Recently in Course Integrated Instruction Category
I just saw the new videos/elearning pieces on the citation manager page:
I wonder if we should make this page the "hub" on our libdata and Library Course Pages instead of linking to indiividual tools....
Anybody showing these in instruction sessions?
We are getting to have quite a few videos on our YouTube page!
IPAL is a free Moodle module (plug-in) that enables in-class polling.
The goal of the IPAL project is to increase student learning, critical thinking, and retention by increasing the use of in-class polling. Research has shown that greater student involvement and interaction supported by in-class polling increases student learning, especially in areas that involve critical thinking skills. In-class polling also enables the instructor to know how much students understand and if more or less time should be spent discussing a topic, thus using class time to better meet the needs of the students. When students' learning needs are addressed in real time AND the students are engaged in learning through interactive methodologies, in-course performance will improve."
The following features of IPAL will increase in-class polling:
- Free and open-source.
- Available as a module in Moodle.
- Easy to use
- Avoids buying clickers for students with smart phones, laptops, and other web-enabled devices.
- Provides ready-to-use questions.
- Polling response analysis may increase retention.
This will be an interesting experiment:
Sarah Rich (September 19, 2012). New School: A Tumblr for Making Your Own Textbooks. The Atlantic. Retrieved from http://www.theatlantic.com/ on September 20, 2012.
"Currently, Scott explains, "professors that are really trying to push the edge and combine textbooks with technology are hacking together all these solutions. You see Wordpress blogs for course materials ... and then there's this problem: in order to teach the majority of college courses, you need copyrighted content and textbooks. There's no good way to merge all of the cool stuff, like Khan Academy, and all this other stuff together into one solution.""
"Ginkgo Tree presents an intuitive, visual interface, not unlike Tumblr's dashboard. For each course and subject, professors can upload links and images, embed video, post comments, and -- significantly -- import a chunk of scanned pages from print books. All of those resources get bundled into modules and arrayed in a navigable grid."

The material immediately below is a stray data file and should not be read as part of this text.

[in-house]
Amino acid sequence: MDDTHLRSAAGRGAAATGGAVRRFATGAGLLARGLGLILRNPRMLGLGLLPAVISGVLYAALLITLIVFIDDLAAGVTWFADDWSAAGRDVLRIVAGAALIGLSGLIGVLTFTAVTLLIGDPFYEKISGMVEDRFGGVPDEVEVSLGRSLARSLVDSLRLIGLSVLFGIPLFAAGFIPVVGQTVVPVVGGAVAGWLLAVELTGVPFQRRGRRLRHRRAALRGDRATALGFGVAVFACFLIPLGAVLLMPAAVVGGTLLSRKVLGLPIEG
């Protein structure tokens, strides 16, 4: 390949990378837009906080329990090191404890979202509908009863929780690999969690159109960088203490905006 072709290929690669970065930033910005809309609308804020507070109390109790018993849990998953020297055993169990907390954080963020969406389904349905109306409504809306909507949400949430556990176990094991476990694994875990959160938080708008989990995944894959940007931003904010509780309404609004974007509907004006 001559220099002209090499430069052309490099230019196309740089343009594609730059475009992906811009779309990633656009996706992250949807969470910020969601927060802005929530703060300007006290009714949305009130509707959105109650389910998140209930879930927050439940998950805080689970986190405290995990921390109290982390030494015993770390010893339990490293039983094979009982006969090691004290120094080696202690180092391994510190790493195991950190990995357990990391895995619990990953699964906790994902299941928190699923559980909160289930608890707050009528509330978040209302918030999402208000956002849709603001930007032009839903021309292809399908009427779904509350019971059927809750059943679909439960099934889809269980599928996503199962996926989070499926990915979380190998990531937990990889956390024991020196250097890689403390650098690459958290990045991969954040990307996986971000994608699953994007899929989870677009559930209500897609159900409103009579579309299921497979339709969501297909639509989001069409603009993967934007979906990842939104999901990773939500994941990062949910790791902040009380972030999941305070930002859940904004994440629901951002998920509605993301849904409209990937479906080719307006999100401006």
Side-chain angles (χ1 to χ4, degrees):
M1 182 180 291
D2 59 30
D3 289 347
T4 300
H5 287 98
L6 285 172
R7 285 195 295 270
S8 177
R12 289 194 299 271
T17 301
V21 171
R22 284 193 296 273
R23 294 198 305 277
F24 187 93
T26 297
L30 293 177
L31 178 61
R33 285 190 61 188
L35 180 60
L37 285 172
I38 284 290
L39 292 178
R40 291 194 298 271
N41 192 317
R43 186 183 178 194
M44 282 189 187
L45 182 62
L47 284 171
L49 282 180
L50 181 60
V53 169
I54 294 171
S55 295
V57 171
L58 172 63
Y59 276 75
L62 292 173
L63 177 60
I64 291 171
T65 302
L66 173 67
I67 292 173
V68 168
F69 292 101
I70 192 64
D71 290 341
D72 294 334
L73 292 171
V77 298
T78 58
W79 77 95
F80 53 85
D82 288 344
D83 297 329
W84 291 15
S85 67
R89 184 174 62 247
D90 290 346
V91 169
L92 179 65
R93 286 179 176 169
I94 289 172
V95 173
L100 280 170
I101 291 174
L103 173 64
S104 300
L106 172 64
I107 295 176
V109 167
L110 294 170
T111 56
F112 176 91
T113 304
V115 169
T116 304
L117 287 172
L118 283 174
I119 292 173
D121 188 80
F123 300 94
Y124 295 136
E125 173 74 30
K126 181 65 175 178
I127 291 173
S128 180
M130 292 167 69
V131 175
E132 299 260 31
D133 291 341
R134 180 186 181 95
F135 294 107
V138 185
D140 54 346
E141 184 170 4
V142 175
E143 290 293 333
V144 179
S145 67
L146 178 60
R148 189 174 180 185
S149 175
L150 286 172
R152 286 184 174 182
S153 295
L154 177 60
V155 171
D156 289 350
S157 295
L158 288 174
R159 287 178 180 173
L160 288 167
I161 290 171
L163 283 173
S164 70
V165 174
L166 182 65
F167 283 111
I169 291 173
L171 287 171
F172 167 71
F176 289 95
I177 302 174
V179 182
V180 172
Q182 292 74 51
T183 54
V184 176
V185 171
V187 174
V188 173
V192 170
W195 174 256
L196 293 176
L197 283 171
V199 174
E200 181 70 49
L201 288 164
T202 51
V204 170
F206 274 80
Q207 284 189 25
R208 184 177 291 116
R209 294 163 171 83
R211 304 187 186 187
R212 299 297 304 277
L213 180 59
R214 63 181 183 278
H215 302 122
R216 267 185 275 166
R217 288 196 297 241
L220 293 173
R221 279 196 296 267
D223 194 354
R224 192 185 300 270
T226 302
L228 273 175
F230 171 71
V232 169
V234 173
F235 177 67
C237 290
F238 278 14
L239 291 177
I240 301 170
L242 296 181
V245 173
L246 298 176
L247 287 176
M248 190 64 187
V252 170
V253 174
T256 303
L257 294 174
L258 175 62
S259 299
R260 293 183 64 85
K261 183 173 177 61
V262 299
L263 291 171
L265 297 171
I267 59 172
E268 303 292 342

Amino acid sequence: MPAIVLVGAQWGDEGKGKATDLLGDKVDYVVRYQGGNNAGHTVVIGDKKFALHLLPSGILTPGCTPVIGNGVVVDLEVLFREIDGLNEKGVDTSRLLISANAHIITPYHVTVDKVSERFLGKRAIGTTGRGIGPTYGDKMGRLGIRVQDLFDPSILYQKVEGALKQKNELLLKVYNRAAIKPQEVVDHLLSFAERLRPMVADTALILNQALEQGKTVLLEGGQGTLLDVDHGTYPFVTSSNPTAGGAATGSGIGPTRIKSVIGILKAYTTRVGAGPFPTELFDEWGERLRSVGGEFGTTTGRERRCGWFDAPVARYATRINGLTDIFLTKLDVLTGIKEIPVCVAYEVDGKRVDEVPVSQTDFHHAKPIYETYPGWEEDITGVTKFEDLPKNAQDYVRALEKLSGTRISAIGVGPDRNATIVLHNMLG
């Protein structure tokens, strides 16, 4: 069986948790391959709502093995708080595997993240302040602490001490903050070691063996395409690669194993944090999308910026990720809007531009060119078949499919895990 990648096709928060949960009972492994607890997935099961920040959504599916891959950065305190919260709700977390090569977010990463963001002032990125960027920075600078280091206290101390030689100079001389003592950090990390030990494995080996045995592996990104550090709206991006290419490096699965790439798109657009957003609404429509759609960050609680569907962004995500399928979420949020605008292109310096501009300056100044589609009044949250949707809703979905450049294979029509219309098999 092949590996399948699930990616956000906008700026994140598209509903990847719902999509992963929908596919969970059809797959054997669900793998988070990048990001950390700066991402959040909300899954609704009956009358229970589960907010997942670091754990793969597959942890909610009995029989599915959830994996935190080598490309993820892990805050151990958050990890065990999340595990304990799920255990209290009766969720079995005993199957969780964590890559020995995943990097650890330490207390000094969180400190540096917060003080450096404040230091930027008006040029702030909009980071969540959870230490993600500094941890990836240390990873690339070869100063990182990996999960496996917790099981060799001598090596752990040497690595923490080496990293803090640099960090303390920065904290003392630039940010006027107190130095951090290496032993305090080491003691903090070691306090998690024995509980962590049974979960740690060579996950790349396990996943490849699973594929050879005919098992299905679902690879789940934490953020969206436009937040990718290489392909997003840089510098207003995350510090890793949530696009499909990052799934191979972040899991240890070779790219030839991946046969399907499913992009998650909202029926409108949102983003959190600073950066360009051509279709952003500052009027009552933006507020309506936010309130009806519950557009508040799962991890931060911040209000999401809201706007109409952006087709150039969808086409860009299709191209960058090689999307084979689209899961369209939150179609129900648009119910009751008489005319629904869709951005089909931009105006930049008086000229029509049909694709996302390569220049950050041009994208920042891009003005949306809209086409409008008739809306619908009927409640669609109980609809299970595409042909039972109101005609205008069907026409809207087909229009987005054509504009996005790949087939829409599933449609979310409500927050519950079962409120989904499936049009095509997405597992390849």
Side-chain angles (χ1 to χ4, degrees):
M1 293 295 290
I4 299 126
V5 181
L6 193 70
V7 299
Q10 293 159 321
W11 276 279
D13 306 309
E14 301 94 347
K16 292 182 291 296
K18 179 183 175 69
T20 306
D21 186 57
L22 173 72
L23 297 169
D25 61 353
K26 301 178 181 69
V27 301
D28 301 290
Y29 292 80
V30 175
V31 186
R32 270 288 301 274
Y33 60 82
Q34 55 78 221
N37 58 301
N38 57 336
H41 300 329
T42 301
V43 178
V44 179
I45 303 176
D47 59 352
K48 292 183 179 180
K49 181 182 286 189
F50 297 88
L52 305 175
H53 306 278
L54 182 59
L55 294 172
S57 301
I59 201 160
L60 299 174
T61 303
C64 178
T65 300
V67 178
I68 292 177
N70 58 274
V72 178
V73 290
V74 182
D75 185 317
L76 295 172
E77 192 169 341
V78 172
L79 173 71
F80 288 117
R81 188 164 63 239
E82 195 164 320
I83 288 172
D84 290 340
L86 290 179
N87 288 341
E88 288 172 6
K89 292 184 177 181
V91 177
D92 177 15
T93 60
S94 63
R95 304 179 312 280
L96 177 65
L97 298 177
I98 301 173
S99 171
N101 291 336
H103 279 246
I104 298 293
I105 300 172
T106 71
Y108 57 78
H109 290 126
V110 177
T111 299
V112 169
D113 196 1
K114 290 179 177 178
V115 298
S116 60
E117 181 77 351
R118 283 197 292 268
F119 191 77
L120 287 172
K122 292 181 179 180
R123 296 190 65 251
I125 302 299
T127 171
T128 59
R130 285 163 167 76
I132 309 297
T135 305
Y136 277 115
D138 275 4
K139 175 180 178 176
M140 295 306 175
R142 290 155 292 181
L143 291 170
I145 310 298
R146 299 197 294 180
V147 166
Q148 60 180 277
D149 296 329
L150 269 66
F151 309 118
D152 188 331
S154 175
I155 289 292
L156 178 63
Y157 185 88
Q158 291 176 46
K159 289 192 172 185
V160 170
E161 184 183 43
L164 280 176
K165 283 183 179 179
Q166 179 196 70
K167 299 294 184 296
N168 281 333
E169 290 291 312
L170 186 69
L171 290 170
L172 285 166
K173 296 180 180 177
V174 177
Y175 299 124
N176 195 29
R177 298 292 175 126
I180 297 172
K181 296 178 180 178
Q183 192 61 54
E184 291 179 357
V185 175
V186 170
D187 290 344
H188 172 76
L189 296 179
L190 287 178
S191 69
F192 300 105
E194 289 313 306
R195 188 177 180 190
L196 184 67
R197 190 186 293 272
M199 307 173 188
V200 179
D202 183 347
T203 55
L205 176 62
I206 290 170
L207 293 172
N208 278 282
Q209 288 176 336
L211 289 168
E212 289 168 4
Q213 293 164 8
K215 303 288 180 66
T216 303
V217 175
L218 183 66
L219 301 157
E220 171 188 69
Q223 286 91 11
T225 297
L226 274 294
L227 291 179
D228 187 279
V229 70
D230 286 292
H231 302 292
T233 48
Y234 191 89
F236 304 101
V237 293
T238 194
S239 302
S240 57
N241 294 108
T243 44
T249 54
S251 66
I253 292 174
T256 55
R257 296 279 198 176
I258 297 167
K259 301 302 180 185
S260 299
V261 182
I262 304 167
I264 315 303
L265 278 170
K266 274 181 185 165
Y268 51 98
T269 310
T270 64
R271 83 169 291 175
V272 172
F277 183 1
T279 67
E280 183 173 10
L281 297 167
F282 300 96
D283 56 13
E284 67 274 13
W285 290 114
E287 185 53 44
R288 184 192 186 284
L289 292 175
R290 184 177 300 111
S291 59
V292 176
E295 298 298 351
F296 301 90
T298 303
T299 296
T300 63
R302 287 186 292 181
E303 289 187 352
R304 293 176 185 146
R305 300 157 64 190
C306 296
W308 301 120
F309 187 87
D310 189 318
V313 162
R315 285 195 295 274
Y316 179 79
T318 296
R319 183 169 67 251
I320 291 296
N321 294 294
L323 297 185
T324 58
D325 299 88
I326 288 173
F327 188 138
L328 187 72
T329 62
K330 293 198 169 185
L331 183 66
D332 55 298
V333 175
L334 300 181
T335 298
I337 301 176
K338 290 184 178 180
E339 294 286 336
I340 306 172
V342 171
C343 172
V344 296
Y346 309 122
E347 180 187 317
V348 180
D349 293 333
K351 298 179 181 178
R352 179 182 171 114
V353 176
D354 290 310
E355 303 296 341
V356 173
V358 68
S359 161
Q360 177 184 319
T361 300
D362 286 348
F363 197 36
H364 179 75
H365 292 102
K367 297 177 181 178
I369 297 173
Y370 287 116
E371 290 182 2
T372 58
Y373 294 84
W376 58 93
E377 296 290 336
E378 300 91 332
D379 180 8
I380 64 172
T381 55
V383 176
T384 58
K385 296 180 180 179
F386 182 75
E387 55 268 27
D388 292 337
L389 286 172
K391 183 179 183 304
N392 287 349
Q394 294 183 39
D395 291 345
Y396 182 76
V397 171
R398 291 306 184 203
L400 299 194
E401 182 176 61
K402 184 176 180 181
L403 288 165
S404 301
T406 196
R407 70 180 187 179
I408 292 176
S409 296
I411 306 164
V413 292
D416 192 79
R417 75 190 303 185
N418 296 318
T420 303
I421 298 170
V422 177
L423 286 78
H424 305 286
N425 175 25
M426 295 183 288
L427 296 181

What is the role of libraries in helping faculty and instructors develop their own course materials?
The Peer Research Consultants are now available for Fall semester!
We now have drop-in hours and appointments available with our two veteran PRCs and we will have expanded hours on Oct. 3rd once the new PRCs complete training. We have a total of 4 consultants this fall -- Devyn, Chris, Karen and Drew.
To review, the Peer Research Consultants (PRC) is a program aimed at first year, international, and first generation undergraduates and provide one-on-one assistance to students to help them develop the research strategies and find useful sources (articles, books, etc.) needed for excellent research papers.
The service compliments our strong liaison librarian program integrated into all departments on campus and our great service point staff. We know many students are comfortable with the peer tutoring model that the PRCs use and the average interaction between students and PRCs is 30 minutes. The PRCs can help students in narrowing a topic, finding articles and books, selecting academic sources, evaluating and more. The PRCs are familiar with the Intro to Library Research workshops and will help build on the skills learned in these sessions.
[it is linked on the "Course Support" tab]
What do students have to say about the PRCs?
What do instructors have to say about the PRCs?
Fall 2012 Walk-in Hours in Walter SMART Commons or Multicultural Center for Academic Excellence-141 Appleby (with full staffing starting October 3rd)
- Mondays: 11:30-5:30
- Tuesdays: 10:30 to 6:00
- Wednesday: 11:30 to 6:30
- Thursdays: 11 to 1 and 2:30 to 4:30
- Fridays: 1 to 5
Time to re-evaluate how we teach information literacy: Applying PICO in library instruction
- Students do not know where to begin and end a research question, a database search, or a research paper. So asserts the 2010 Project Information Literacy (PIL) study, which emphasizes the need for academic librarians to teach students to formulate research questions "over teaching the selection of resources."
- In 1995, the anatomy of a clinical question was described as having components mirroring the research process: patient or problem (P), intervention (I), comparison intervention (C), and outcome (O).2 The PICO movement was born, an acronym that health sciences librarians have used successfully for many years to guide students as they begin their research.
- PICO skillfully serves three vital purposes that help students get started. First, the elements of the research question are penned in a structured manner.
- Second, PICO logically provides the beginnings of a focused search.
- Third, it demands librarians alter their typical approach and spend time on question development before jumping into the depths of resources and searching.
Read more: http://crln.acrl.org/content/73/8/476.full